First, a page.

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The Clippers's aggressive defense might cost them in San Antonio

The difference between how well San Antonio shoots at home and on the road this season has been night and day. If the Clippers' defense doesn't adjust to account for it, they might get exposed in the AT&T Center.

Gary A. Vasquez-USA TODAY Sports

The Spurs accomplished what they set out to do in Los Angeles and won one on the road. It wasn't always pretty but the series is tied and now the Spurs are heading home. It's hard to overstate how much that means for San Antonio's offense.

The Spurs were 33-8 at home compared to just 22-19 on the road and averaged almost eight points more per 100 possessions. There is something about playing in the AT&T Center that makes everything click. If the season-long trend sustains, that could be horrible news for the Los Angeles Clippers and their defensive plan.

Danny Green's shooting could return

The Clippers like to trap the ball handler to make him get rid of the ball. Then they clog the lane and dare the Spurs to hit jump shots. This defensive tactic has been quite effective in the first two games because the Spurs have shot only 31 percent from three. It was a good gamble because the Spurs have shot terribly on the road all season long, especially designated marksman Danny Green.

Danny Green's road woes












The difference in efficiency at home vs. on the road is stark for Danny Green, and by extension, the Spurs' offense. If Green is hitting shots, the passing lanes become bigger and the driving lanes open up for a player like Tony Parker. Since January, in games where Danny Green made five field goals or more, the Spurs are 8-1. His shooting seems to have a team-wide positive effect.

Kawhi Leonard, Manu Ginobili, and Marco Belinelli have all shot better in San Antonio as well. The Clippers have been able to survive on defense despite occasionally leaving shooters open in the Staples Center. Now, failing to bother or deter outside shots could really hurt them. Which is a huge problem for them because...

Exhaustion might cause costly breakdowns

The Clippers' trapping leaves the defense playing three-on-four often, which can lead to leaving shooters open. So far they have been able to recover more often than not.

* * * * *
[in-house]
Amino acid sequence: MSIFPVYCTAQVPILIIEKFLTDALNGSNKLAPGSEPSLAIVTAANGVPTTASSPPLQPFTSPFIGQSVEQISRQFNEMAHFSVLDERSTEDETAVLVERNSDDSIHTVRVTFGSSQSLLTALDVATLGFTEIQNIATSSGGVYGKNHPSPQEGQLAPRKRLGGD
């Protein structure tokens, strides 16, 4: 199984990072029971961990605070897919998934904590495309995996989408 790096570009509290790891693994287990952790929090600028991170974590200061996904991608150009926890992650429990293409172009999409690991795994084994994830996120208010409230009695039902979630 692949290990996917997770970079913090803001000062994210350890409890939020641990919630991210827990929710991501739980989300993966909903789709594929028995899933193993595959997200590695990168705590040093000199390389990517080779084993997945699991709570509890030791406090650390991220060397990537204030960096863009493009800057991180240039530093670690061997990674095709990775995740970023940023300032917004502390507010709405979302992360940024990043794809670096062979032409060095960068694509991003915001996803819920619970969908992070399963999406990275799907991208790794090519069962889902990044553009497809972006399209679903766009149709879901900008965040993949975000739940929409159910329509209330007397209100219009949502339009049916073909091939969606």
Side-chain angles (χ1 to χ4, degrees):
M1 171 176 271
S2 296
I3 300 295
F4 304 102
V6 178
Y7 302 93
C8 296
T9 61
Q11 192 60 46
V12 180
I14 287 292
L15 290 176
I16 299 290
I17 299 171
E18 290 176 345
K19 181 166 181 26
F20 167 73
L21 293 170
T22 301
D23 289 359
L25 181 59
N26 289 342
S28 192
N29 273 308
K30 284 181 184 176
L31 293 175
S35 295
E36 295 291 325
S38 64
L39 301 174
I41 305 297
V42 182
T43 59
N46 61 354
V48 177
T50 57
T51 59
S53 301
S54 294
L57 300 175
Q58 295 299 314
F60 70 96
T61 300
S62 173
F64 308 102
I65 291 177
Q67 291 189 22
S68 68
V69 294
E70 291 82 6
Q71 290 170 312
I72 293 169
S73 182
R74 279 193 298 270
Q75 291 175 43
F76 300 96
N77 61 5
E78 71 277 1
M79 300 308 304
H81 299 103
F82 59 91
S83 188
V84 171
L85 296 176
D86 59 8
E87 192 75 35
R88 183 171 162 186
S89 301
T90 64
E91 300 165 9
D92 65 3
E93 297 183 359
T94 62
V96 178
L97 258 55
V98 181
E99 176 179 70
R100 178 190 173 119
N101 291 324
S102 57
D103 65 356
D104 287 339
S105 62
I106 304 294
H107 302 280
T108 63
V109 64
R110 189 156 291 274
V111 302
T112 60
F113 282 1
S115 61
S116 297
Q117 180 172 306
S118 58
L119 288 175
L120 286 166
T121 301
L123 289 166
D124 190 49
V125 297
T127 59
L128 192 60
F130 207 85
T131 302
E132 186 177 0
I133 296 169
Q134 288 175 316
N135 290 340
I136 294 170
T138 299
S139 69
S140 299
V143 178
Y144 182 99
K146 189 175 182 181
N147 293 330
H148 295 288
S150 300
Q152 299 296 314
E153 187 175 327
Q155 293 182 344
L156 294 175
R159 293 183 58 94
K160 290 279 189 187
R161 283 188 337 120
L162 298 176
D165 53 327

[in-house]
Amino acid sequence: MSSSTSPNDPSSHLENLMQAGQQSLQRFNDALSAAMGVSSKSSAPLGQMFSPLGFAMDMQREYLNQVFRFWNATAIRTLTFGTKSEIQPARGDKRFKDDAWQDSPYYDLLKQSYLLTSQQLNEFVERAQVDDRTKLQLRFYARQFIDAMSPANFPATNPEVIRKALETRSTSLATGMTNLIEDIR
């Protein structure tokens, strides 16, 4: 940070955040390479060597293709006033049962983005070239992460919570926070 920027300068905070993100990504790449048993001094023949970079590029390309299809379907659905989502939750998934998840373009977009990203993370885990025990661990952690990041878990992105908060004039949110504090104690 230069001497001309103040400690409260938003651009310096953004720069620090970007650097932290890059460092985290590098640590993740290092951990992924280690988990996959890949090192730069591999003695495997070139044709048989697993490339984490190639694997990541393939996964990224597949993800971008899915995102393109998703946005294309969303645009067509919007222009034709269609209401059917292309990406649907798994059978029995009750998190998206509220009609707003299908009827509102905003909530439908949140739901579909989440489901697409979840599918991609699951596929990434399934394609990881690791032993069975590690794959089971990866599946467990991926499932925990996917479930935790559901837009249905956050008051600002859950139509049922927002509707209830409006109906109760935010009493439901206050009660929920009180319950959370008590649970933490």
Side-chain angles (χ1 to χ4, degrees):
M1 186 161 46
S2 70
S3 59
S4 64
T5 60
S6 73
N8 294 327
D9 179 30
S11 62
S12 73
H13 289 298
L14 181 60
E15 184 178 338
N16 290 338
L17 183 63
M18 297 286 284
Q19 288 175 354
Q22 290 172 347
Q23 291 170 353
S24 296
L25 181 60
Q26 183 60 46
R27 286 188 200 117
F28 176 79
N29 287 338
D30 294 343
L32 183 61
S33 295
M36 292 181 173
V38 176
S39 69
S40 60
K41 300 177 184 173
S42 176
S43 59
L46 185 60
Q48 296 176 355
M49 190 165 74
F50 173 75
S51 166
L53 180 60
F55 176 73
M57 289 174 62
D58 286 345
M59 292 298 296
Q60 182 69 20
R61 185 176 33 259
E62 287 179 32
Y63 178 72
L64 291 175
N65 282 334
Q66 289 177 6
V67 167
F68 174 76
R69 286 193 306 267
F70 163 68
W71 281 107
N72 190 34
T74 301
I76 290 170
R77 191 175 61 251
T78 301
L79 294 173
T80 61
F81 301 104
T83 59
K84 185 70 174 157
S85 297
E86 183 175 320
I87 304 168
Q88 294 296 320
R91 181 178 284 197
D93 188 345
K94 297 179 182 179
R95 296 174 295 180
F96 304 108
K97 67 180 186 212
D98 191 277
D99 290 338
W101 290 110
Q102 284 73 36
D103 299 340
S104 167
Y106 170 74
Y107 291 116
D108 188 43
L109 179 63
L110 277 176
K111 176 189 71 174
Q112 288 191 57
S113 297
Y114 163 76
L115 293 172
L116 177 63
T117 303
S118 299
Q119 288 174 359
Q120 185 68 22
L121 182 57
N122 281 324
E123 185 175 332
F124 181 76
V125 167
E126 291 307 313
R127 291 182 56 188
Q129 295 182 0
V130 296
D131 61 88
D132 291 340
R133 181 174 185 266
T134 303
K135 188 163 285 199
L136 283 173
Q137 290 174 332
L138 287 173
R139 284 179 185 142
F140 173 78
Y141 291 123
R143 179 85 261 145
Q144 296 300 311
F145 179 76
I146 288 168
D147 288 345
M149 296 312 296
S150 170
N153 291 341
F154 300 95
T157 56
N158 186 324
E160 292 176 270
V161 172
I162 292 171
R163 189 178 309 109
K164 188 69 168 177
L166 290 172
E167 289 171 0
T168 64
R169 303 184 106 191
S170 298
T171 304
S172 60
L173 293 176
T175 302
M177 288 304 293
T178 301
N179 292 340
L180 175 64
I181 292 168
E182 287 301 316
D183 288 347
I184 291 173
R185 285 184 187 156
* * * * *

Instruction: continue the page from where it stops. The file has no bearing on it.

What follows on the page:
All the switching and scrambling that happens on defense for Los Angeles, however, puts a lot of pressure on defenders to always stay ahead of the Spurs' ball movement or risk breakdowns. You take that chance if you're Doc Rivers because of how bad San Antonio has been on the road this season and because it might be the only way to disrupt their offensive flow.

Yet because it's such a taxing strategy, it's hard to sustain. The difference in defensive hustle from game to game was reflected not only in the Spurs' shooting percentages (36.6 percent in game one vs. 42 percent in game two) but by a decrease in how many shots the Clippers contested.

In Game 1, the Spurs were either open (defender 4-6 feet away) or wide open (6+ feet away) 36.5 percent of the time. That number is well below the Spurs regular season average of 45.6 percent. That changed in Game 2, where the Spurs took open shots 44 percent of the time. It's possible the Clippers were simply too tired to be as precise as on the first matchup.

If their bench doesn't allow Rivers to rest his starters without hemorrhaging points-- which is unlikely, considering it's been a weakness all season long-- their defense could get sloppier. At home that wouldn't be such a huge problem because the Spurs tend to miss even open looks. On the road, it could be deadly.

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It wouldn't be surprising to see the Clippers go with a more conservative defensive approach in Games 3 and 4 in order to minimize fatigue and the open looks it might lead to for San Antonio's outside threats. The Spurs shoot so much better at home that the risk of continuing to play such an aggressive style of defense might be too high. Whether the 15th ranked Clippers defense can get enough stops without flying around the court with the frantic energy they displayed in Los Angeles remains to be seen.